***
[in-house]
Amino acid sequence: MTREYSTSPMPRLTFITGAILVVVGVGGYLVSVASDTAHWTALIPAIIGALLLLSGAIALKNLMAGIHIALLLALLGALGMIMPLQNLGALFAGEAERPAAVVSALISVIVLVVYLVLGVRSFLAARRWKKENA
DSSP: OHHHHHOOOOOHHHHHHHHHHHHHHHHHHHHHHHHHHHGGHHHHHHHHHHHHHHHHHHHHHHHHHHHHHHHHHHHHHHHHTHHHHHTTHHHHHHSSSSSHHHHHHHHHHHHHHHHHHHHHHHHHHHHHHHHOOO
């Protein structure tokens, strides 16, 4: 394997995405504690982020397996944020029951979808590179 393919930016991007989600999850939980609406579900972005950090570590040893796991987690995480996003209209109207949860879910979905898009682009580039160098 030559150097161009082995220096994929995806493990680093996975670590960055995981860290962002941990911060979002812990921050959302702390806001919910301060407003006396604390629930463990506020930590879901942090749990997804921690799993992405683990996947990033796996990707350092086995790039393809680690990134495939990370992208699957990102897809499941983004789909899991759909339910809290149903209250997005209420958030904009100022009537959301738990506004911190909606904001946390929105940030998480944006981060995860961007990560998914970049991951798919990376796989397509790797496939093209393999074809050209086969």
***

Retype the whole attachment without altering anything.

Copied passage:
[in-house]
Amino acid sequence: MTREYSTSPMPRLTFITGAILVVVGVGGYLVSVASDTAHWTALIPAIIGALLLLSGAIALKNLMAGIHIALLLALLGALGMIMPLQNLGALFAGEAERPAAVVSALISVIVLVVYLVLGVRSFLAARRWKKENA
DSSP: OHHHHHOOOOOHHHHHHHHHHHHHHHHHHHHHHHHHHHGGHHHHHHHHHHHHHHHHHHHHHHHHHHHHHHHHHHHHHHHHTHHHHHTTHHHHHHSSSSSHHHHHHHHHHHHHHHHHHHHHHHHHHHHHHHHOOO
């Protein structure tokens, strides 16, 4: 394997995405504690982020397996944020029951979808590179 393919930016991007989600999850939980609406579900972005950090570590040893796991987690995480996003209209109207949860879910979905898009682009580039160098 030559150097161009082995220096994929995806493990680093996975670590960055995981860290962002941990911060979002812990921050959302702390806001919910301060407003006396604390629930463990506020930590879901942090749990997804921690799993992405683990996947990033796996990707350092086995790039393809680690990134495939990370992208699957990102897809499941983004789909899991759909339910809290149903209250997005209420958030904009100022009537959301738990506004911190909606904001946390929105940030998480944006981060995860961007990560998914970049991951798919990376796989397509790797496939093209393999074809050209086969």